UW President Named Sole Finalist For Texas A&M University Top Job
University of Washington President Michael Young will become the next president of Texas A&M University sometime this spring, A&M's governing board has announced.
Texas A&M's Board of Regents voted Tuesday to make Young the sole finalist for their open top job. After three weeks passes, the regents can set a date for a brief meeting in which they will make Young's hire official, Texas A&M System President John Sharp said.
Young takes the reins of one of the biggest public universities in the nation after three years at UW, leaving behind a university that's had to fight hard for state funding in Olympia.
"I was not looking to leave the University of Washington," Young said in a statement, "but the allure of the recruitment process led to conversations in which the opportunity to bring new leadership and fresh ideas to another outstanding university presented itself with some force."
The news of Young's departure came "as a surprise to the Board of Regents" at the University of Washington, according to chair Bill Ayer.
"The Board will be convening soon to discuss succession of the presidency — on an interim basis at first and then plans for conducting a search for the next University president," Ayer said in a statement. "We will be making announcements as decisions are reached."
A law professor by training and former U.S. State Department official, Young was president of the University of Utah from 2004 to 2011, when he made the move to Washington.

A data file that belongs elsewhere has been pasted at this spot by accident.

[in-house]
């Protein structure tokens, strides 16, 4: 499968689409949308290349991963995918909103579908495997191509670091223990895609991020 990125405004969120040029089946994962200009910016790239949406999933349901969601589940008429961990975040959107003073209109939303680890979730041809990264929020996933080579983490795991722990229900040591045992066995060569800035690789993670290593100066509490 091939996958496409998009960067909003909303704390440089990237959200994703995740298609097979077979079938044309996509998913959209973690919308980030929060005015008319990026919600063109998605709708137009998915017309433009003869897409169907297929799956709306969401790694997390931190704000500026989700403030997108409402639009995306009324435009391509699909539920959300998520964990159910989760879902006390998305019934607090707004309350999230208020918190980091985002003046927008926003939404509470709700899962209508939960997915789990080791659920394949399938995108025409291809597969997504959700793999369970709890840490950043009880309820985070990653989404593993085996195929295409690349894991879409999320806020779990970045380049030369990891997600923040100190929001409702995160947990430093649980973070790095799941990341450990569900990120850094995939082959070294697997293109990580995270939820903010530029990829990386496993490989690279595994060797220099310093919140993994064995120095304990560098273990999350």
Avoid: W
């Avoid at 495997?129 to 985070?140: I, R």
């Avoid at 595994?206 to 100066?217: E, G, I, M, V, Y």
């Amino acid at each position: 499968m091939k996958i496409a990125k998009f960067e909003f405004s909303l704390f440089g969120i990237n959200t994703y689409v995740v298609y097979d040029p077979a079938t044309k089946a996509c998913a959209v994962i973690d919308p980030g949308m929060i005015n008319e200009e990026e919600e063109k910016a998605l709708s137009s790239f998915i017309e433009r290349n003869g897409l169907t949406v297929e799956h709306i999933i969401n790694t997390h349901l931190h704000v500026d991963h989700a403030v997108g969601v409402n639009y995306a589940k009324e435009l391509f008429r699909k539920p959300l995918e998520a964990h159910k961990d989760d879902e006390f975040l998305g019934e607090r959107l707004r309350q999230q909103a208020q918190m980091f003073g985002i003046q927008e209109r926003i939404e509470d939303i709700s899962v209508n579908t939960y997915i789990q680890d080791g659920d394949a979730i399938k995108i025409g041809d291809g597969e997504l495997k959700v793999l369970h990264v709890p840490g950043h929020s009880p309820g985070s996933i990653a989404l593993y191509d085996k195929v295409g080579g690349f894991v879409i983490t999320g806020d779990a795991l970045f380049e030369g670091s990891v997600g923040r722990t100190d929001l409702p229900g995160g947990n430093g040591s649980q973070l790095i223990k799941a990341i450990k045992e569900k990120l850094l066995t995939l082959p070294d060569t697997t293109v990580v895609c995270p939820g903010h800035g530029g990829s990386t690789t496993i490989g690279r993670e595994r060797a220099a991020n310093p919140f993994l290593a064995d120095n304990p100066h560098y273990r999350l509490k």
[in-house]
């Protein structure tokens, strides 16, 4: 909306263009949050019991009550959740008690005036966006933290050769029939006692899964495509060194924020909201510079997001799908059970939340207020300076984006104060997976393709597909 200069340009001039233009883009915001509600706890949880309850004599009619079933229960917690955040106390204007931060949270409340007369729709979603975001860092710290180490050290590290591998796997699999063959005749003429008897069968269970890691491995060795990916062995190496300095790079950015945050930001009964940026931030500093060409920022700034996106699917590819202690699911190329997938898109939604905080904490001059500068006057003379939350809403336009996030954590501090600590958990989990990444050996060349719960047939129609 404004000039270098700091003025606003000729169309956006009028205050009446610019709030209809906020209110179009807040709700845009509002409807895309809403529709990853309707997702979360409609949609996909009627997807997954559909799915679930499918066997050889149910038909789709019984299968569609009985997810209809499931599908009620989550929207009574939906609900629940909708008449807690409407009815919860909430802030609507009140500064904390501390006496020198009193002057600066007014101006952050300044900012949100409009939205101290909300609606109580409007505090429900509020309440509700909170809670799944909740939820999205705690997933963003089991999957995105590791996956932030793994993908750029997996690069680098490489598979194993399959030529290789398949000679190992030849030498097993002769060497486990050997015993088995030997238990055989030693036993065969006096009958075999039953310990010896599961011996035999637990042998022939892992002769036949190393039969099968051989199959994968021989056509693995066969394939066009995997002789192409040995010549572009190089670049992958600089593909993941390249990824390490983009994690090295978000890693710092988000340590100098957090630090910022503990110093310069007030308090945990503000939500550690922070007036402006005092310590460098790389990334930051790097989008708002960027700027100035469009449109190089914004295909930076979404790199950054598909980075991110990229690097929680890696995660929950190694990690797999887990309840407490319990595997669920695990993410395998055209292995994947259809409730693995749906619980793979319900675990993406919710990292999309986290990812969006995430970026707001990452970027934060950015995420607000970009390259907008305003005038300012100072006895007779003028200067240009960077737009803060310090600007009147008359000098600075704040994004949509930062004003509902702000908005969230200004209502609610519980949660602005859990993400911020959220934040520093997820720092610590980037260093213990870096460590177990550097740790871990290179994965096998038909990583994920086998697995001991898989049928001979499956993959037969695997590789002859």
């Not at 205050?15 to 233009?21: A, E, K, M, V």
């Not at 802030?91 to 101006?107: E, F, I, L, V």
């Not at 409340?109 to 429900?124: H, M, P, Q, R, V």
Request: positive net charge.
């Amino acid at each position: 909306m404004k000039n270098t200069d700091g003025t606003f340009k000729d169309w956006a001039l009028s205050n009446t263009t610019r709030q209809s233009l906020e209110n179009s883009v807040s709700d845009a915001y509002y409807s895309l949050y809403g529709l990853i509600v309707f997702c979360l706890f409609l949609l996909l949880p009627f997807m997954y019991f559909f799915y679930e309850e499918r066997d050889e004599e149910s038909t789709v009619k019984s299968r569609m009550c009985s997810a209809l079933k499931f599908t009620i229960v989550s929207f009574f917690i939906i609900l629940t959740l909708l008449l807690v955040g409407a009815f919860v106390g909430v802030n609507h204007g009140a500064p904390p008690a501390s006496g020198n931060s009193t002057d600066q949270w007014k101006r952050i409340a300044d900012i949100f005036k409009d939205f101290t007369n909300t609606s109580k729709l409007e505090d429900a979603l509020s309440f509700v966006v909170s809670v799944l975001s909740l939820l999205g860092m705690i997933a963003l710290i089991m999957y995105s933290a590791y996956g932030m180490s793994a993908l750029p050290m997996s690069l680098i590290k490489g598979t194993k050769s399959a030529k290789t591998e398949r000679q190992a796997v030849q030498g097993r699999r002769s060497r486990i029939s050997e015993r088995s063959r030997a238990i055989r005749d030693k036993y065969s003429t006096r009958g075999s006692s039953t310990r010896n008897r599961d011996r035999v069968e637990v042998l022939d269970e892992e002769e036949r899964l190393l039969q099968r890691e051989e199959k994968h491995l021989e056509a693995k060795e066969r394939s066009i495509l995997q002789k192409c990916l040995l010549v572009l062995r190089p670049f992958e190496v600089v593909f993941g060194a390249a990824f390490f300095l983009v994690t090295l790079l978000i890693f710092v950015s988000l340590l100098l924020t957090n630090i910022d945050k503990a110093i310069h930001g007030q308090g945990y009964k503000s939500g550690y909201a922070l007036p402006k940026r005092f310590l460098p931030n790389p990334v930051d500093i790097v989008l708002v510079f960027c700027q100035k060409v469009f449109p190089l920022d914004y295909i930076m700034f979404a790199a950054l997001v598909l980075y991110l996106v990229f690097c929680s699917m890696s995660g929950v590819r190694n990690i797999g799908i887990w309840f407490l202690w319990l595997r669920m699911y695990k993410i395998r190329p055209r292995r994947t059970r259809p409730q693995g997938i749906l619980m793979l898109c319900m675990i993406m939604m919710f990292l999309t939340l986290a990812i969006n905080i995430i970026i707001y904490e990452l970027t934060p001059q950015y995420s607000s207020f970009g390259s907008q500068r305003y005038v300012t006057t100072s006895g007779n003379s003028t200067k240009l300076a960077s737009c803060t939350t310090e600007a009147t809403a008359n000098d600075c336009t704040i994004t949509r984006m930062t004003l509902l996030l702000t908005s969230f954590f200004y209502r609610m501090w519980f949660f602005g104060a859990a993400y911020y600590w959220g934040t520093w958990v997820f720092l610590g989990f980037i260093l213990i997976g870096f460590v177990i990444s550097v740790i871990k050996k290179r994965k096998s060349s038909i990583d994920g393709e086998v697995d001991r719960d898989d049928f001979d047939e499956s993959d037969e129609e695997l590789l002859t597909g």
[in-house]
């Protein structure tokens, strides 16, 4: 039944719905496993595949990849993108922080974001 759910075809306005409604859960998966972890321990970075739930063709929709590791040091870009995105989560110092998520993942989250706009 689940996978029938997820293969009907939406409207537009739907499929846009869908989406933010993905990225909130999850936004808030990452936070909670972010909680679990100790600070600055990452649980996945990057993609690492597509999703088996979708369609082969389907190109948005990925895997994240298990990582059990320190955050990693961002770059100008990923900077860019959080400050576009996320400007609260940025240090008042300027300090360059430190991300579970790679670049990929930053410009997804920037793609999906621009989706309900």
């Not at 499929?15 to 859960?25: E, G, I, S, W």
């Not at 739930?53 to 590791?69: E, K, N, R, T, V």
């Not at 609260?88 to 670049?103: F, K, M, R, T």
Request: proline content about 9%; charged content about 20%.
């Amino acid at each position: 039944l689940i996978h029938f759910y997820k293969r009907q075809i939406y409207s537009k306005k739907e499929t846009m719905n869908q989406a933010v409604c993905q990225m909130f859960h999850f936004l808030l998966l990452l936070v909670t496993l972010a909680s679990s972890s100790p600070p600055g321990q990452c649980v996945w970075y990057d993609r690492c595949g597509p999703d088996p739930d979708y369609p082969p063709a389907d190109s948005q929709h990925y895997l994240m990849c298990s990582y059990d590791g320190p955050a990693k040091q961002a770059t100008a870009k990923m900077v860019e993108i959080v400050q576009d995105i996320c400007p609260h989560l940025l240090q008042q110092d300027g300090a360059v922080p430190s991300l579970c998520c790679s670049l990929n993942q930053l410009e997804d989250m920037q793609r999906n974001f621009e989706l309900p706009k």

Not long after he arrived, state lawmakers slashed funding for Washington's research universities nearly in half. Currently, in-state student tuition rates are frozen and Gov. Jay Inslee's budget proposes extending that freeze. Though the state has since restored some of the slashed funding, Young has said the budget remains a top concern.
“The decanting of state funding is an immediate and long-term threat to the access and availability of education for all. We need to not do that,” Young said during his annual address in October, pounding the podium for emphasis.
In October, UW's Board of Regents voted to increase Young's salary by $50,000, bringing his total annual compensation to $854,000.
If Young leaves UW this year, he will lose out on deferred compensation of nearly $1 million, which his contract promised if he stays in the job until June 2016.
Texas A&M has a larger student body than UW, enrolling more than 62,000 students, including more than 55,000 at its main campus in College Station. The school also runs branch campuses in the port city of Galveston and in Doha, Qatar.